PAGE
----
Obviously, being a freelancer means embracing as much variety and flexibility as possible.  You want to get as much work as possible, which can sometimes mean taking on work which doesn't exactly blow your skirts up.  That's all fine.  But for each publication, it will help if you're the 'go-to person' for something or other.  Maybe you love a certain type of film, or music, or book - and more importantly are something of an authority on it.  When editors have their meetings to decide what gets covered, you want them to immediately think of your name when it comes to certain things.  So establish that authority and you're more likely to receive regular work.

All good common-sense stuff, then.  If you're a freelance journalist, feel free to post your own thoughts on maintaining longevity and work-flow in the Comments section below!

Read about Jason Arnopp's new e-book, How To Interview Doctor Who, Ozzy  Osbourne And Everyone Else, here.

Friday, 22 July 2011

Twitter Feed Established!

Yes, this site now has a dedicated Twitter feed at @JournoZone, right here.

It will handily update you about new blogs/pages on this site (apart from this one, otherwise a never-ending loop would be formed which could destroy all of time itself) and also present/RT job opportunities in the heady world of journalism.

Follow!  Follow!  And thank you for doing so.

Wednesday, 20 July 2011

How To Write For Magazines

Lately, a few people have dropped me a line, asking how they go about approaching magazines for journalistic work. This year, I will celebrate (or, alternatively, be depressed by realising I've done) 23 years of freelance journalism, so may be able to shed a bit of light over what can seem like an intimidating, impenetrable fortress, but is actually fairly simple. So here's a potted guide which, clearly, shouldn't be taken as gospel. Like anything else, your success at securing journo commissions will be partly influenced by luck, the changing moods of office-bound, bleary-eyed staffers and possibly the moon. So here goes...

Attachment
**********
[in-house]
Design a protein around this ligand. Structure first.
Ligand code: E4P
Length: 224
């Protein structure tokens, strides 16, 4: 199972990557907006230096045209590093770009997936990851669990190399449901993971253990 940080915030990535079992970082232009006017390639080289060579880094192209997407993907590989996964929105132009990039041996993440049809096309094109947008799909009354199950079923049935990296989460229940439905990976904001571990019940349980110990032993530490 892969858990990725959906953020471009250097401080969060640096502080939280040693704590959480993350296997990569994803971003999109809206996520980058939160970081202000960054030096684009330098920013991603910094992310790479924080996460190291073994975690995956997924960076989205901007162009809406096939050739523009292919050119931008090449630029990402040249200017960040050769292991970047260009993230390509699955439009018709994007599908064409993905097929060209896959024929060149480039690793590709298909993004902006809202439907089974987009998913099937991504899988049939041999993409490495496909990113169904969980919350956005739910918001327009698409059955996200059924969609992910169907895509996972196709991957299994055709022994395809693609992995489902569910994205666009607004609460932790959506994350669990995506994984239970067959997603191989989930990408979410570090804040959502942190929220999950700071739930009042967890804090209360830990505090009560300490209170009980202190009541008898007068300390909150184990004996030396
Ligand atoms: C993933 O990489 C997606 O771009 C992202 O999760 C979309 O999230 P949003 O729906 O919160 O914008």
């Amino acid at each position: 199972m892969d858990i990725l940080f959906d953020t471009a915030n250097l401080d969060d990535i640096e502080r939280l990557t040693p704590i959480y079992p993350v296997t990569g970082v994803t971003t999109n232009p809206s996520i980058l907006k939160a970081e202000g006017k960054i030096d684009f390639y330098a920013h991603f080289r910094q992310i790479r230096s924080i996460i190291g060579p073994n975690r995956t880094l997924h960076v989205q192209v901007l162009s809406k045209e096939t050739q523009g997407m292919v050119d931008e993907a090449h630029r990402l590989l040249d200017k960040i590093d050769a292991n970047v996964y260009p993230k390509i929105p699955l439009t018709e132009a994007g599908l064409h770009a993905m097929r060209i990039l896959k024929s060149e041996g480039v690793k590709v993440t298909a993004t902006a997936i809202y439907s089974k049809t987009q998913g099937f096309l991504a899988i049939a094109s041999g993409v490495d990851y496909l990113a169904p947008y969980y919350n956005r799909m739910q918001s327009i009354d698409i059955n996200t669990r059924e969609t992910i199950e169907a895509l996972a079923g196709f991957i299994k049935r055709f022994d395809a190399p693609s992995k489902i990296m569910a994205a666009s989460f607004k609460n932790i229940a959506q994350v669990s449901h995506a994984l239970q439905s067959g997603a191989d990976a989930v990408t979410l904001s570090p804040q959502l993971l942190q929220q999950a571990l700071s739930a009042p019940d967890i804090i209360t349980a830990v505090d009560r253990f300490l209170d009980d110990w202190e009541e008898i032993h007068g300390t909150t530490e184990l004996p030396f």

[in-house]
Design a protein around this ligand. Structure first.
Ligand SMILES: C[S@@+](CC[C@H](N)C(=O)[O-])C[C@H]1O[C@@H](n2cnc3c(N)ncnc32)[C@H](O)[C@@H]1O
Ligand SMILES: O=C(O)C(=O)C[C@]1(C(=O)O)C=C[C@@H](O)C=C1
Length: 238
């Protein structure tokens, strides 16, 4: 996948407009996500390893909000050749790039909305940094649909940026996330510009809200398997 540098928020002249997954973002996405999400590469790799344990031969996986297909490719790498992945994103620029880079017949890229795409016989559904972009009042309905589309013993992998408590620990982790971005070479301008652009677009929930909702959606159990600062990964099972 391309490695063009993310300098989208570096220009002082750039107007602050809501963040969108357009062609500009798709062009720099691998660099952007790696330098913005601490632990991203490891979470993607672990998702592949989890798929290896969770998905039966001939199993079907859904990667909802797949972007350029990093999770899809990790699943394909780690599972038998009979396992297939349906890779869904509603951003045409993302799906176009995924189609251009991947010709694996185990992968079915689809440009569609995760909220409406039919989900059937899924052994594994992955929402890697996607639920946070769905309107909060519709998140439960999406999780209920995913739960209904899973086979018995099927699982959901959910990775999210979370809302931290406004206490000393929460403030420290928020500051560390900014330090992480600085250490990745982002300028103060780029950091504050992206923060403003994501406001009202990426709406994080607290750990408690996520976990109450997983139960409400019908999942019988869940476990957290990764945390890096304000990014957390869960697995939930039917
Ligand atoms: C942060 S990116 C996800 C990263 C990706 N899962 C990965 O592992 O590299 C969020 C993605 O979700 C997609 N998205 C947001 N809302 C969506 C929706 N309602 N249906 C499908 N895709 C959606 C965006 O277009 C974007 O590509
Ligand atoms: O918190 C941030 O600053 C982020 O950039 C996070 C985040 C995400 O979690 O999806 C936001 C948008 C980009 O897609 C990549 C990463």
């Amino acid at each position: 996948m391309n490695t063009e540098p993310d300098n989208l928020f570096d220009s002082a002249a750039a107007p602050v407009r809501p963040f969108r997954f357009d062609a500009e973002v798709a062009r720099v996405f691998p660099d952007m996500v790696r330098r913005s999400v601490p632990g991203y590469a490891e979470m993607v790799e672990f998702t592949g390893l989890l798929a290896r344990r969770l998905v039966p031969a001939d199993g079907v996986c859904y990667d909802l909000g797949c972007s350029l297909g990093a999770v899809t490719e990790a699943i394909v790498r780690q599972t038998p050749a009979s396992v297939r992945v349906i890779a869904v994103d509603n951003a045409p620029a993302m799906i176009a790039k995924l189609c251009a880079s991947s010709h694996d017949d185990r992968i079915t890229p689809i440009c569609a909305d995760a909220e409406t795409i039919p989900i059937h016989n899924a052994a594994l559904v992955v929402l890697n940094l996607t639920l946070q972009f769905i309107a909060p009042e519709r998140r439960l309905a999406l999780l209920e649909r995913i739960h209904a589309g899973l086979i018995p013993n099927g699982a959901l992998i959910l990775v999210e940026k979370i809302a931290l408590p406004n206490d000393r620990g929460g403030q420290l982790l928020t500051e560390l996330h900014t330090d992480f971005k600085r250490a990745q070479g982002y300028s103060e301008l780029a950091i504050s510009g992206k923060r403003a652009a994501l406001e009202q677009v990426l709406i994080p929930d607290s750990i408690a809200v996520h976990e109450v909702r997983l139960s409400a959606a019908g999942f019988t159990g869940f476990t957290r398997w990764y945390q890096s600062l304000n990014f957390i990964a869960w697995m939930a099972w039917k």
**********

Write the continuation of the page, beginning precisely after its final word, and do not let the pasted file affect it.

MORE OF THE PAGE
The first thing to do, when preparing to approach a mag, is know its style from top to bottom. Both in terms of tonal style/attitude and its literal formatting, right down to whether it prints album titles in inverted commas. Detail counts.

Next, single out the appropriate Section Editor from looking at the mag's masthead (you know, that column with all the staff names on). I’ve come to the conclusion that it’s best to approach the Section Editor rather than The Editor, for a very good reason. If you approach the Editor and they like your work, and pass you on to the Section Editor, then there’s a chance that the Section Editor will feel bypassed and resent being handed a new writer (I once had the editor of a UK film mag happily telling me to contact the Reviews Ed, which I did, only to never hear back). But if you go to the SE first, they’ll be happy to scamper over to the Editor with their new discovery. Politics and ego are rife in this area, just like anywhere else. People always want to put their own stamp on things, or indeed freelancers. Incidentally, yes, it does help if you know the Section Ed on some level before approaching them. So check and see if they're on Facebook. If they're not stalker-phobic and accept you as a friend, then buy some fish for their fishtank. Hey, can't hurt. Just don't ask them for work via Facebook. Business, pleasure and all that.

So. Write the Section Editor a brief and to-the-point e-mail, or a letter (don't phone them, or you'll invariably be greeted like an annoying ear-wasp - in this cyber-age most people hate phone calls from strangers) casually asking if they are looking for new writers - perhaps in a certain field which you specialise in. If an Editor has a gap of knowledge on their team, you can bet they’ll want to plug it. If they're open to new contributors, they may ask for exactly what kinda sample material they want to see. If they're more vague, just send them some sample work - not too much - in the exact same style as the mag, in every way. 

Here’s the absolutely vital, yet fiendishly simple, bit. Editors, whether Reviews, Features or anything else, want two things more than anything else:

(1) Work they'll have to do the minimum of editing on. If your stuff arrives good-to-go, they'll love that. You may even get a Christmas card.
(2) Work that's delivered when it's supposed to be. Miss deadlines, and you can guarantee the Section Ed won't miss you.

These things add up to an easy life for the harassed Section Editor. So consistently deliver them, and you’ll see the re-commissions roll in…

Read about Jason Arnopp's new e-book, How To Interview Doctor Who, Ozzy  Osbourne And Everyone Else, here.